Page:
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Dietary Reference Intakes for Vitamin A, Vitamin K, Arsenic, Boron, Chromium, Copper, Iodine, Iron, Manganese, Molybdenum, Nickel, Silicon, Vanadium, and Zinc
For example, the median daily need for nonstorage iron for a 16-year-old boy is 0.001 mg/day (2.75 × 0.13 ÷ 365) after rounding. No provision is made for iron storage after the age of 9 years. It is not a component of requirement though it can be expected to occur when intake exceeds actual requirement.
Menstrual Losses. Iron losses in the menses can be calculated when the average blood loss, the average hemoglobin concentration, and concentration of iron in hemoglobin (3.39 mg/g) (Smith and Rios, 1974) are known. It was deemed appropriate to use the blood losses reported by Hallberg and coworkers (1966a, 1966b) with additional information from Hallberg and Rossander-Hulthen (1991) and, more specifically, to use the blood loss estimates for 15-year-old girls. These losses were lower than those reported for older ages.
Several important features of these and other data related to menstrual blood loss were recognized in developing models to predict requirements:
Menstrual losses are highly variable among women and the distribution of losses in the population shows major skewing, with some women having losses in excess of three times the median value.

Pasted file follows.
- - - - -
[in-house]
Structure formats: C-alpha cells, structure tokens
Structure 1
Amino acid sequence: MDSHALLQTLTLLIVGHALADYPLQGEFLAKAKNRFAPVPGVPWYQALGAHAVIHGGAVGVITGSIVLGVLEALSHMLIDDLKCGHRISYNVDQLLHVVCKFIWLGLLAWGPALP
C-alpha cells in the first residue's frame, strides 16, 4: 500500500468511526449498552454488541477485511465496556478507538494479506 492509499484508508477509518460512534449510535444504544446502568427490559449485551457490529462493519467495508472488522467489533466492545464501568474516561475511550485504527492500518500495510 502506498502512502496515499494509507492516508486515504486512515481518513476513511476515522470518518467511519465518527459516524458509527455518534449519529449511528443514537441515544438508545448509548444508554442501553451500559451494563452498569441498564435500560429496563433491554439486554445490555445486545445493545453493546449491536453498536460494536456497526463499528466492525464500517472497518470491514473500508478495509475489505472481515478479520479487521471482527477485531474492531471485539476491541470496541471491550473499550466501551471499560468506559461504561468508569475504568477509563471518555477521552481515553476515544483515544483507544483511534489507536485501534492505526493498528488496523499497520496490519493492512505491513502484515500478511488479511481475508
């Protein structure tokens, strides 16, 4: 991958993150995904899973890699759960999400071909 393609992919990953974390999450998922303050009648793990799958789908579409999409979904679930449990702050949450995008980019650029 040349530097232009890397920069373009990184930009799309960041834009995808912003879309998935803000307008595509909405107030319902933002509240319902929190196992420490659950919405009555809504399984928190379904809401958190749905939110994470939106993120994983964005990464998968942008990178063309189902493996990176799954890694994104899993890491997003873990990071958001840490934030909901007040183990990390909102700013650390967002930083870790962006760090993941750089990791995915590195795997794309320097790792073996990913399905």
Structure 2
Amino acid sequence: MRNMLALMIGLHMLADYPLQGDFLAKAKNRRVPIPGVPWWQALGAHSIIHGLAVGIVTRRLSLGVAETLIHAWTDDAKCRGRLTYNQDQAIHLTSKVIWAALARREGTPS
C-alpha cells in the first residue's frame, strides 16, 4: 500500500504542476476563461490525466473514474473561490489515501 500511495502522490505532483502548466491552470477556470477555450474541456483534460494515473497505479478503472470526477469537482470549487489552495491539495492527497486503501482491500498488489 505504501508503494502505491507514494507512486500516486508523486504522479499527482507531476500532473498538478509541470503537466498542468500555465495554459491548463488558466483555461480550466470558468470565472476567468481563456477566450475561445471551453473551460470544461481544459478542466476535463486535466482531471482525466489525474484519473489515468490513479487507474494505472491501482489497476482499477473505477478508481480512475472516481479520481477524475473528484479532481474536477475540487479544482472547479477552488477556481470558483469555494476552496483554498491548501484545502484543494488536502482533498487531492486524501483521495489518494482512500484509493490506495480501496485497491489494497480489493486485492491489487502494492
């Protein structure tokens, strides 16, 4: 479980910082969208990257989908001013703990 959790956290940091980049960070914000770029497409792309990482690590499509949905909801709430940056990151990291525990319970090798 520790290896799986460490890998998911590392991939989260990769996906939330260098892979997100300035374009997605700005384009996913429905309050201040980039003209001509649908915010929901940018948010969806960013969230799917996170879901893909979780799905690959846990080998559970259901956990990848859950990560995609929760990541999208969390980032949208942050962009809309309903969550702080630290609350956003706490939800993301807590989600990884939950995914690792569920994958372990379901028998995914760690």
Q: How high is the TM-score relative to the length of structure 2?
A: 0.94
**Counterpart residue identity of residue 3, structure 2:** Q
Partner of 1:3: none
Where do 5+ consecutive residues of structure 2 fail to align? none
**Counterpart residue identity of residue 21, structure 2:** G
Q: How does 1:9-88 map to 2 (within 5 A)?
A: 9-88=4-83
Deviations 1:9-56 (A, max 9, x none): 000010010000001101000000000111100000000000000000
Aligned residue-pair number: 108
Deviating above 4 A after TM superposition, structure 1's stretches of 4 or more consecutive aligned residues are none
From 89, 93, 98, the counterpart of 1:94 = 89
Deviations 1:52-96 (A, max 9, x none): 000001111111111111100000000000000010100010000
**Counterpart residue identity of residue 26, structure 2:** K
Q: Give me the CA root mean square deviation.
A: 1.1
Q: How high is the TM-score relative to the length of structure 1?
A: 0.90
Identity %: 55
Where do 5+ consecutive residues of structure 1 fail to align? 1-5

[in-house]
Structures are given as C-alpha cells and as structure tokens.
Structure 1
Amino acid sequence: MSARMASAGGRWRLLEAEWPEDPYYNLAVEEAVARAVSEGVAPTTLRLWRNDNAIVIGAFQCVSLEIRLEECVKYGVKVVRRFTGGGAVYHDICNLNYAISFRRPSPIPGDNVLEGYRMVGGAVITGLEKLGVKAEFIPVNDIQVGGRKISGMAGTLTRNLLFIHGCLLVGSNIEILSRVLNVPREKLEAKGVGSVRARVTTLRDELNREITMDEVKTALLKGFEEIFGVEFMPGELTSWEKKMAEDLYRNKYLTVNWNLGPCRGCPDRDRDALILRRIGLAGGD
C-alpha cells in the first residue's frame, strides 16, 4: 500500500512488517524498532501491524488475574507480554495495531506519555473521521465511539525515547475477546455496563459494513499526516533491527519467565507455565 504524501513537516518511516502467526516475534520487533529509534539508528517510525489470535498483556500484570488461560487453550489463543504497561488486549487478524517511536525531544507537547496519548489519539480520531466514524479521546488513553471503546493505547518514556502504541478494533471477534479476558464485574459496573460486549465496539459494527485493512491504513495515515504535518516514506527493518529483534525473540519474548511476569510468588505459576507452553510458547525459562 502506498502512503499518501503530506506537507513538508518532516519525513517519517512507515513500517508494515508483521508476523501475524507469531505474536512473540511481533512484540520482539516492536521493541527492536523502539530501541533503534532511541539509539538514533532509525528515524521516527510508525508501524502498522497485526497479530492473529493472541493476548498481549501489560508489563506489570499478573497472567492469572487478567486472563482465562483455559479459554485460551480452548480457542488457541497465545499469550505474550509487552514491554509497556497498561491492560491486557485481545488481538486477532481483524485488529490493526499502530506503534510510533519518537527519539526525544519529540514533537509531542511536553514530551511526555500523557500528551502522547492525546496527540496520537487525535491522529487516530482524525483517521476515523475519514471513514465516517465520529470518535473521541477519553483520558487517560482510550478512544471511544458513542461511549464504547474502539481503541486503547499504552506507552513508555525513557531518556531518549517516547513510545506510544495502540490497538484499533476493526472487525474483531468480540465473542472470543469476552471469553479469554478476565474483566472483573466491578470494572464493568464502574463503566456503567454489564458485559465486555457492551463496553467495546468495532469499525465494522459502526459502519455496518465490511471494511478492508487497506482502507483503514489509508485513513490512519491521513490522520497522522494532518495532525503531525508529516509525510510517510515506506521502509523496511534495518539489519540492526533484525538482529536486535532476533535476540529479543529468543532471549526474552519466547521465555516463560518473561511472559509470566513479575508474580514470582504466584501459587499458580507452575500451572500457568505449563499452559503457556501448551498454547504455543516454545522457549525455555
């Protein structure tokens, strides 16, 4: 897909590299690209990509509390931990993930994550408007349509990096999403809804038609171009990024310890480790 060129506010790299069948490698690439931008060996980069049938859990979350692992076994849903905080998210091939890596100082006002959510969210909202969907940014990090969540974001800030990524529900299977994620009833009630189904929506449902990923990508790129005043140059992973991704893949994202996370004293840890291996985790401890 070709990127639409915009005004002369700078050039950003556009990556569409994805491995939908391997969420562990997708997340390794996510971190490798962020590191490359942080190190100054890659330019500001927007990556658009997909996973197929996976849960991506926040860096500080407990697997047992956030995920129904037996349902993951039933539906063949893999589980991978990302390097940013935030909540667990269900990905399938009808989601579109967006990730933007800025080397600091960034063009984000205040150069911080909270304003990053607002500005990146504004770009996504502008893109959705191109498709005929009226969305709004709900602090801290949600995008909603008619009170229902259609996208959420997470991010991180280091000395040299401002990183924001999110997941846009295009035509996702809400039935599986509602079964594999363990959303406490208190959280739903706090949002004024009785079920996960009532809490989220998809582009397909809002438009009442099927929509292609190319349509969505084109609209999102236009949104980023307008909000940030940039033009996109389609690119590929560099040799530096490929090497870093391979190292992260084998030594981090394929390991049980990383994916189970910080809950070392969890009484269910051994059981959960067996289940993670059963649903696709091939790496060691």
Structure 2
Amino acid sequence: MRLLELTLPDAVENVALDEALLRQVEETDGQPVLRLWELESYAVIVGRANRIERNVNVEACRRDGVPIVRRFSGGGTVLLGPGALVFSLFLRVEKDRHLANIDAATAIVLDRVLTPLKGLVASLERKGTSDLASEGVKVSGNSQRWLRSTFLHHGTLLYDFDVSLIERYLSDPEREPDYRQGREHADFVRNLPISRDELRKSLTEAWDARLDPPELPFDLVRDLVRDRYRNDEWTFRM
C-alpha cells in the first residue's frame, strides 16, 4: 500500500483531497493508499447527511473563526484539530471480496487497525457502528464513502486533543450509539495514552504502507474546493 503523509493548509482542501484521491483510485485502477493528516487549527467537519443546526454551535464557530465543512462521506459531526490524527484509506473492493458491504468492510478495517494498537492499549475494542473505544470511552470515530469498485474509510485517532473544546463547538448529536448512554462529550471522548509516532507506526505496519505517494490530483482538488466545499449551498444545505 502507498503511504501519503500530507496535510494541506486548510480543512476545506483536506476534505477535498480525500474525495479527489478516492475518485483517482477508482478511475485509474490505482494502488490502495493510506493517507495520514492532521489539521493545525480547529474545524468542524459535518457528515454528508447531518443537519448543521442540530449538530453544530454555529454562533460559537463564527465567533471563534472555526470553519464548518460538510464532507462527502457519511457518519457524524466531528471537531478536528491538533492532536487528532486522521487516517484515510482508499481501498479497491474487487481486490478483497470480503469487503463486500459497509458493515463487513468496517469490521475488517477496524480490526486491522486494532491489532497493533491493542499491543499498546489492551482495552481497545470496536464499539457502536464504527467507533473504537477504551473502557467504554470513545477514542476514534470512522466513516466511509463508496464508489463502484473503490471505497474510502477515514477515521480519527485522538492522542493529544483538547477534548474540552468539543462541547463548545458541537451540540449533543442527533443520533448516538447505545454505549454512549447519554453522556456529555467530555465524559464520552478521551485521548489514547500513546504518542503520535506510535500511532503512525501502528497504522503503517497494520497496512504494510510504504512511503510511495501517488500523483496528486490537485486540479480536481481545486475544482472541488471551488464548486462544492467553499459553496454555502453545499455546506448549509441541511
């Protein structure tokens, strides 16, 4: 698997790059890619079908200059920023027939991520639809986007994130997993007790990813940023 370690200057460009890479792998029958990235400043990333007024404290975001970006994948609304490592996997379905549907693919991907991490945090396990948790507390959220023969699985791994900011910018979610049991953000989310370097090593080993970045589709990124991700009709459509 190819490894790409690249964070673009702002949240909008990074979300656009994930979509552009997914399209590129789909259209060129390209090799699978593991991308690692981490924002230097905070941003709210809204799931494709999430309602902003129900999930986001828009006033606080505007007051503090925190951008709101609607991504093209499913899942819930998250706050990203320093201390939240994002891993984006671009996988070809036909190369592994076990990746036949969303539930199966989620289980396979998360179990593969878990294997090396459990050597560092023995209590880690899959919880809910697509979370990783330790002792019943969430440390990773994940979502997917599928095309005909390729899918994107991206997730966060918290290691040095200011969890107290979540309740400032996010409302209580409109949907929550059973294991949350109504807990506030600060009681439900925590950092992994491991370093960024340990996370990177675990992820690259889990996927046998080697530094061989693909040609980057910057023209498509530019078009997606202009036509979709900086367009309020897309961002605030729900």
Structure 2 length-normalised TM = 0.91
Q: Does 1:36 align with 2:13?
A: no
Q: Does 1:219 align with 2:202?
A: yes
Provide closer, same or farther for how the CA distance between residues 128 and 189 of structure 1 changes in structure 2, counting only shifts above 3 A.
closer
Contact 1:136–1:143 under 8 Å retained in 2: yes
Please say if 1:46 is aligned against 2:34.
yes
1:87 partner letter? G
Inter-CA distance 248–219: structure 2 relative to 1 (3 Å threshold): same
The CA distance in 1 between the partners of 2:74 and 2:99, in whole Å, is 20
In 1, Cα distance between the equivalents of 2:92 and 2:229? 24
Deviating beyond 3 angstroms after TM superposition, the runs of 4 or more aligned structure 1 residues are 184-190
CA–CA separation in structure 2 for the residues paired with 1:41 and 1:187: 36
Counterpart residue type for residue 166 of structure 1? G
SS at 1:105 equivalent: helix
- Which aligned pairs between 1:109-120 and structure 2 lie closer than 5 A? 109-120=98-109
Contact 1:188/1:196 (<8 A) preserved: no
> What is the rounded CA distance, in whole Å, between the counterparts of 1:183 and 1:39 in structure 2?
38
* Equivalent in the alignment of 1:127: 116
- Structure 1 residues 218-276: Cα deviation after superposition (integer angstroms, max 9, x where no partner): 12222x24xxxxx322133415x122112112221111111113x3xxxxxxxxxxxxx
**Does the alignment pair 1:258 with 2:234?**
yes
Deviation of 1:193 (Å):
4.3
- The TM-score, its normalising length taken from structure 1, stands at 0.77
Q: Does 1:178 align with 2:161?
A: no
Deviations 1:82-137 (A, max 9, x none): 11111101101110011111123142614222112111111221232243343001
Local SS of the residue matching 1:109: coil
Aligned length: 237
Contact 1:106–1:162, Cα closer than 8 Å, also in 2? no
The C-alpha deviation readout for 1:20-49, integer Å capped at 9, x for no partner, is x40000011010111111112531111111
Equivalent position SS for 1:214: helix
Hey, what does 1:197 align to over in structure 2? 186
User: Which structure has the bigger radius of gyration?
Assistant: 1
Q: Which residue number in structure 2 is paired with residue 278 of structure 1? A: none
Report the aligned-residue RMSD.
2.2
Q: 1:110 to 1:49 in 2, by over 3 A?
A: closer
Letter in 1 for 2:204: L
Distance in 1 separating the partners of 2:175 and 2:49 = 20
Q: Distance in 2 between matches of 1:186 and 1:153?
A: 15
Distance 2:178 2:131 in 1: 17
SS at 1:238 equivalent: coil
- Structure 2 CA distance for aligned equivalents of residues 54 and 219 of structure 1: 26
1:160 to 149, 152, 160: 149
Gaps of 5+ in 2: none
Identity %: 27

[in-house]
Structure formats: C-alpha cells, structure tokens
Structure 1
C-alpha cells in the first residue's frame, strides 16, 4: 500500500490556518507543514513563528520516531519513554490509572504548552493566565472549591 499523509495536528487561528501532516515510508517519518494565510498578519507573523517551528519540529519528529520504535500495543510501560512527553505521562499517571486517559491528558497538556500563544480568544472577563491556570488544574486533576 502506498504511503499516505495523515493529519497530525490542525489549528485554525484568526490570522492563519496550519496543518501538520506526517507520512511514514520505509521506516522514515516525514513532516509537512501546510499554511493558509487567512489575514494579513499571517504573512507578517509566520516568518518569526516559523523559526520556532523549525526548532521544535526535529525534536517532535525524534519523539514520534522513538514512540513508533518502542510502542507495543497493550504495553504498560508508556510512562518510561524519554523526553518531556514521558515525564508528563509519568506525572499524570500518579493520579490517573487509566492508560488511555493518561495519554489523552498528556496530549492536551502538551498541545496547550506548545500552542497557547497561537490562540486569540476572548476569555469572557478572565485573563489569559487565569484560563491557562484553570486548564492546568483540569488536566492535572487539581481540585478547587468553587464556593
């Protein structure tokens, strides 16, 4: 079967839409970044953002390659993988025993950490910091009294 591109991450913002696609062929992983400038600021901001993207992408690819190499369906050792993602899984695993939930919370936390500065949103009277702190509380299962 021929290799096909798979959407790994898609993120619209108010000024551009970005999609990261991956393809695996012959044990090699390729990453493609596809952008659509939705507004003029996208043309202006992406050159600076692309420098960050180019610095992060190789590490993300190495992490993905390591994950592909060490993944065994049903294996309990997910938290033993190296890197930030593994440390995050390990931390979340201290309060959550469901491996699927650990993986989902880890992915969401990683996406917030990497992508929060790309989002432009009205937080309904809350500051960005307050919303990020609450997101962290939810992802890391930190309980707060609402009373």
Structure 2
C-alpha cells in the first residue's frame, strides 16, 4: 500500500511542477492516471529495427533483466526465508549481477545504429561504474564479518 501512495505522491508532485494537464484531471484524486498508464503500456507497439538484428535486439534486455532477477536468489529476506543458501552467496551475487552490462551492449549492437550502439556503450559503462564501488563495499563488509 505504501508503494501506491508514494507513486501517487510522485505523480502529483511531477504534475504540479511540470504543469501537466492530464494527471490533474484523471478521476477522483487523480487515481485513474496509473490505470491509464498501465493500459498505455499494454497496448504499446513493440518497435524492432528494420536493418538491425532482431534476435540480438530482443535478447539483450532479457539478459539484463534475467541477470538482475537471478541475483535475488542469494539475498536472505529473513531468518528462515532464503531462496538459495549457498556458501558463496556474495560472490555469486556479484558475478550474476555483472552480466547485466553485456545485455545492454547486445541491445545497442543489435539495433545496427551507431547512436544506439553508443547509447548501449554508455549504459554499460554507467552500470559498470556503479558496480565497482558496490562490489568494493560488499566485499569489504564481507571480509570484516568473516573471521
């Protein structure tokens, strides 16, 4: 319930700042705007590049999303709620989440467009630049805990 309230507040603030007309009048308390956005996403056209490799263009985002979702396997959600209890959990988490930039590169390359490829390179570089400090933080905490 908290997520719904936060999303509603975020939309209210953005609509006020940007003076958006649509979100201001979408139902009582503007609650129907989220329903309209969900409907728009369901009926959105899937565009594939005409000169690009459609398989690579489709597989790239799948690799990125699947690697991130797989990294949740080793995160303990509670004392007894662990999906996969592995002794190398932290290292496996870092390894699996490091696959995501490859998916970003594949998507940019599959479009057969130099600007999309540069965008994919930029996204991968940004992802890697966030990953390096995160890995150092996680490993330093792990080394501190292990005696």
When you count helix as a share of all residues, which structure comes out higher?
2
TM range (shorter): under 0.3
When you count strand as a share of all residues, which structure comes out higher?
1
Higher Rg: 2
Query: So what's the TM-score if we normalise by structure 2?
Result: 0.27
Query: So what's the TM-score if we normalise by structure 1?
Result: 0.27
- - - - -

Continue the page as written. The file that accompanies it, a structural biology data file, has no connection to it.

Menstrual losses are very consistent from one menstrual cycle to the next for an individual woman.
Once the woman’s menstrual pattern is established after her menarche, menstrual losses are essentially unchanged until the onset of menopause in healthy women. Hallberg and coworkers (1966b) found very little difference in blood loss with age. Losses were lower in the 15-year-old group, but incomplete collection might have been a factor. Cole and coworkers (1971) reported a small effect of age that was attributed to two covariates, parity and infant birth weight.
Contraceptive methods have a major impact on menstrual losses. Bleeding is significantly increased by the use of certain intrauterine devices and significantly decreased in individuals taking oral contraceptives.
Age, body size, and parity were not considered to have an effect of sufficient magnitude on menstrual blood losses to include them as factors in the models for estimating iron requirements in females—except with regard to the lower menstrual loss assumed for adolescents.
The data on menstrual losses reported by Hallberg and coworkers